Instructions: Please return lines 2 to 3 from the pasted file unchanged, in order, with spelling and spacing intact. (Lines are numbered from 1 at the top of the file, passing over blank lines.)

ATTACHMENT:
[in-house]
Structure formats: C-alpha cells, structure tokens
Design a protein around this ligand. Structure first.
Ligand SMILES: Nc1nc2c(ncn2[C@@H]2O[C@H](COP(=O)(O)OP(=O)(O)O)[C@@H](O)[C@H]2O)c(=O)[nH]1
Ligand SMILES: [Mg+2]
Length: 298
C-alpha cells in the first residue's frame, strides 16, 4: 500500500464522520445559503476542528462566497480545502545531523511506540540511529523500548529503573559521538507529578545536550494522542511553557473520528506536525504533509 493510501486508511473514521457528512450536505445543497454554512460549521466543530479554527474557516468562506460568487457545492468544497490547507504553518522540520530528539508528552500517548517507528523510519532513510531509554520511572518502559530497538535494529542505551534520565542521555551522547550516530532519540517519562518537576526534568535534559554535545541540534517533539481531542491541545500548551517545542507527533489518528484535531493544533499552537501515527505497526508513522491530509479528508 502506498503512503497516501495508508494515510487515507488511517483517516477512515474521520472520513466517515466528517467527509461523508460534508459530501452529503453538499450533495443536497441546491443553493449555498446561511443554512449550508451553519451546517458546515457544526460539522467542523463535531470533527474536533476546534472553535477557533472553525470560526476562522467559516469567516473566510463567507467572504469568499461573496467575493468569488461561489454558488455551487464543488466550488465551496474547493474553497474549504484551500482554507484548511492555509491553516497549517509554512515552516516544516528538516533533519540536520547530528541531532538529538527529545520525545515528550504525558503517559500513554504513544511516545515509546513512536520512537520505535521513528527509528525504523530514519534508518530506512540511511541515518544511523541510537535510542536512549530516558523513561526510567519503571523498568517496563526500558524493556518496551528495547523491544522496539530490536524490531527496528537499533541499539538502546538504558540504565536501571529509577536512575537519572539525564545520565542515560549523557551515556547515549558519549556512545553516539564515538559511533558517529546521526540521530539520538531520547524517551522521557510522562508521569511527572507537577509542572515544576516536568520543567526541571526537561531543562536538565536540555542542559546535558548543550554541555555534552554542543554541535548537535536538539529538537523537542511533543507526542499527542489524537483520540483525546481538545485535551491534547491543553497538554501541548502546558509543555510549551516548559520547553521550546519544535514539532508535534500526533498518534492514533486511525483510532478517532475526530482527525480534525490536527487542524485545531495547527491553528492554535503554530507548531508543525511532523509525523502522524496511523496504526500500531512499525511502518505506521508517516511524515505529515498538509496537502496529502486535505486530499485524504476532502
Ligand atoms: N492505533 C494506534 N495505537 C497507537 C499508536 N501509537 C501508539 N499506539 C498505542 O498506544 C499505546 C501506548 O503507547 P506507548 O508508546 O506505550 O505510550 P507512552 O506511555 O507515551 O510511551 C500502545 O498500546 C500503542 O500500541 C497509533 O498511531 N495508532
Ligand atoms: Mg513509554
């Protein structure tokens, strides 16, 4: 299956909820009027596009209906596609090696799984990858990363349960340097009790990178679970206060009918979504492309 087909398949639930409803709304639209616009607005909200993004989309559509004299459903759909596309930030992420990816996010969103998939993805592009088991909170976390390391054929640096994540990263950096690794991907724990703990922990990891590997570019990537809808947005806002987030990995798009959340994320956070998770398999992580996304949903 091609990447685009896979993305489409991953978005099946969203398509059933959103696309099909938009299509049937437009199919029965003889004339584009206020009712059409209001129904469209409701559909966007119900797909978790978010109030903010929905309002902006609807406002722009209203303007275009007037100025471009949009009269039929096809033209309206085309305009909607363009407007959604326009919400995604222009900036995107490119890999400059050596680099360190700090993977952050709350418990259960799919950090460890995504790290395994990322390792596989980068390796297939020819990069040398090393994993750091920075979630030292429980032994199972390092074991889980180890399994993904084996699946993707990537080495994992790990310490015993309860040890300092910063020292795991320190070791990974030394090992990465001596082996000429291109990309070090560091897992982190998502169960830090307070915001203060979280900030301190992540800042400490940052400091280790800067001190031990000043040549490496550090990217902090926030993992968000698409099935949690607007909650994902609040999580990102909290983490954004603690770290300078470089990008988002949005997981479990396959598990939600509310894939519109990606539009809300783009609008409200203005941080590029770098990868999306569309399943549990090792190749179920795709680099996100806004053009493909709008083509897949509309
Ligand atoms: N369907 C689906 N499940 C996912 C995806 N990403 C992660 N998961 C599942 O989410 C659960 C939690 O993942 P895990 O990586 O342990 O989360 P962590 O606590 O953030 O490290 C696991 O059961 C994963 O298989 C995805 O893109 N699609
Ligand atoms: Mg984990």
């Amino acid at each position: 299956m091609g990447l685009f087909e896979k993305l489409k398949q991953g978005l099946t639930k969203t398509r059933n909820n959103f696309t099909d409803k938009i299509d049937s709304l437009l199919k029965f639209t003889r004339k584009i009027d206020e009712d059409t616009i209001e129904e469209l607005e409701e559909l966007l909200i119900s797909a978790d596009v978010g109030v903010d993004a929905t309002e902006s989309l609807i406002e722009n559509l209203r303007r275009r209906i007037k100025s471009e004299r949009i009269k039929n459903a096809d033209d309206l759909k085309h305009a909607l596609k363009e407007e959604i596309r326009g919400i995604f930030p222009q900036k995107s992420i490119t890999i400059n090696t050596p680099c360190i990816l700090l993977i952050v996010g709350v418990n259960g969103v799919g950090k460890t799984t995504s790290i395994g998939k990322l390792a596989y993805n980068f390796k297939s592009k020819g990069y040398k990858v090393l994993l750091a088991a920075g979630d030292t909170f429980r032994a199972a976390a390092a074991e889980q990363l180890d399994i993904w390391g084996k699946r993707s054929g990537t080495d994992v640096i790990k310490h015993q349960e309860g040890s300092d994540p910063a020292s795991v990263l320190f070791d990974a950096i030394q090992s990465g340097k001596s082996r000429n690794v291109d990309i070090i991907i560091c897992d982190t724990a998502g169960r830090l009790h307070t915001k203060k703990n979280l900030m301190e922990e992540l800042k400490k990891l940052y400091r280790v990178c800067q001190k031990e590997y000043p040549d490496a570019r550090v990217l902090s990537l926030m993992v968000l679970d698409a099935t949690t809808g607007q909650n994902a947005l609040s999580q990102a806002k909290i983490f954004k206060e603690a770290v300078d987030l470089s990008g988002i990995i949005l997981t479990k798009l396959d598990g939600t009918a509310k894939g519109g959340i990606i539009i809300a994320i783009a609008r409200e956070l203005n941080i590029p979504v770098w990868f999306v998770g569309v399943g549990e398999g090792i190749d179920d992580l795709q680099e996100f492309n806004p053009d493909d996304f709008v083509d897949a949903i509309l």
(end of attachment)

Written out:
Structure formats: C-alpha cells, structure tokens
Design a protein around this ligand. Structure first.